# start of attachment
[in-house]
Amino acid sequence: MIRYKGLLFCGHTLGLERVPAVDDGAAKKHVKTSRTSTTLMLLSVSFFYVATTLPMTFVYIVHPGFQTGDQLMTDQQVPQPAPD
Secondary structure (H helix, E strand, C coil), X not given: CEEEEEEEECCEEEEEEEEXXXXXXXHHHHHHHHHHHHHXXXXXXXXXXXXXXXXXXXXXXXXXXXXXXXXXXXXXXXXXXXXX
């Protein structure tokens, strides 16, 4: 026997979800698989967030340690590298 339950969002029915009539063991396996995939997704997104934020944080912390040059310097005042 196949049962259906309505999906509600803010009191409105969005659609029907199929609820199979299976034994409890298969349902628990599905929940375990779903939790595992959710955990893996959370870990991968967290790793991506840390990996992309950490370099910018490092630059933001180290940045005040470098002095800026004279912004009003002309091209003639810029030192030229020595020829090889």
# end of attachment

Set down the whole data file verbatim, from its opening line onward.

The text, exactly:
[in-house]
Amino acid sequence: MIRYKGLLFCGHTLGLERVPAVDDGAAKKHVKTSRTSTTLMLLSVSFFYVATTLPMTFVYIVHPGFQTGDQLMTDQQVPQPAPD
Secondary structure (H helix, E strand, C coil), X not given: CEEEEEEEECCEEEEEEEEXXXXXXXHHHHHHHHHHHHHXXXXXXXXXXXXXXXXXXXXXXXXXXXXXXXXXXXXXXXXXXXXX
């Protein structure tokens, strides 16, 4: 026997979800698989967030340690590298 339950969002029915009539063991396996995939997704997104934020944080912390040059310097005042 196949049962259906309505999906509600803010009191409105969005659609029907199929609820199979299976034994409890298969349902628990599905929940375990779903939790595992959710955990893996959370870990991968967290790793991506840390990996992309950490370099910018490092630059933001180290940045005040470098002095800026004279912004009003002309091209003639810029030192030229020595020829090889």